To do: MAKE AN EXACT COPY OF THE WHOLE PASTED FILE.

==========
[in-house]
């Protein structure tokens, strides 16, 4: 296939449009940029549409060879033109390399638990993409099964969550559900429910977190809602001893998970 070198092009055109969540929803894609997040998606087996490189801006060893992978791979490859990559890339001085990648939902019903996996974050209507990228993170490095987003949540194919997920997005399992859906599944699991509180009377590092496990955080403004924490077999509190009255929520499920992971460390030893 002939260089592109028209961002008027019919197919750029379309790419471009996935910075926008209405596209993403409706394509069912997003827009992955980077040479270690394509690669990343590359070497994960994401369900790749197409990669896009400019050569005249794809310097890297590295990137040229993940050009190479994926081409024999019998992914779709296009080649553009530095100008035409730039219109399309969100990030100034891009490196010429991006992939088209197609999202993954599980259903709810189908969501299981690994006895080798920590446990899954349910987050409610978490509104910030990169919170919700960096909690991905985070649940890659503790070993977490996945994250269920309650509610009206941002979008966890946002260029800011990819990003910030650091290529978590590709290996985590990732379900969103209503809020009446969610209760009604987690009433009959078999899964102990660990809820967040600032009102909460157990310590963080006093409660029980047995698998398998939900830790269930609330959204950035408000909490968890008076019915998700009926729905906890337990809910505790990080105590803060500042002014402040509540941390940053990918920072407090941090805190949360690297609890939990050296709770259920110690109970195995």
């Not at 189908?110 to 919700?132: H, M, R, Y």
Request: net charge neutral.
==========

[in-house]
């Protein structure tokens, strides 16, 4: 296939449009940029549409060879033109390399638990993409099964969550559900429910977190809602001893998970 070198092009055109969540929803894609997040998606087996490189801006060893992978791979490859990559890339001085990648939902019903996996974050209507990228993170490095987003949540194919997920997005399992859906599944699991509180009377590092496990955080403004924490077999509190009255929520499920992971460390030893 002939260089592109028209961002008027019919197919750029379309790419471009996935910075926008209405596209993403409706394509069912997003827009992955980077040479270690394509690669990343590359070497994960994401369900790749197409990669896009400019050569005249794809310097890297590295990137040229993940050009190479994926081409024999019998992914779709296009080649553009530095100008035409730039219109399309969100990030100034891009490196010429991006992939088209197609999202993954599980259903709810189908969501299981690994006895080798920590446990899954349910987050409610978490509104910030990169919170919700960096909690991905985070649940890659503790070993977490996945994250269920309650509610009206941002979008966890946002260029800011990819990003910030650091290529978590590709290996985590990732379900969103209503809020009446969610209760009604987690009433009959078999899964102990660990809820967040600032009102909460157990310590963080006093409660029980047995698998398998939900830790269930609330959204950035408000909490968890008076019915998700009926729905906890337990809910505790990080105590803060500042002014402040509540941390940053990918920072407090941090805190949360690297609890939990050296709770259920110690109970195995």
């Not at 189908?110 to 919700?132: H, M, R, Y």
Request: net charge neutral.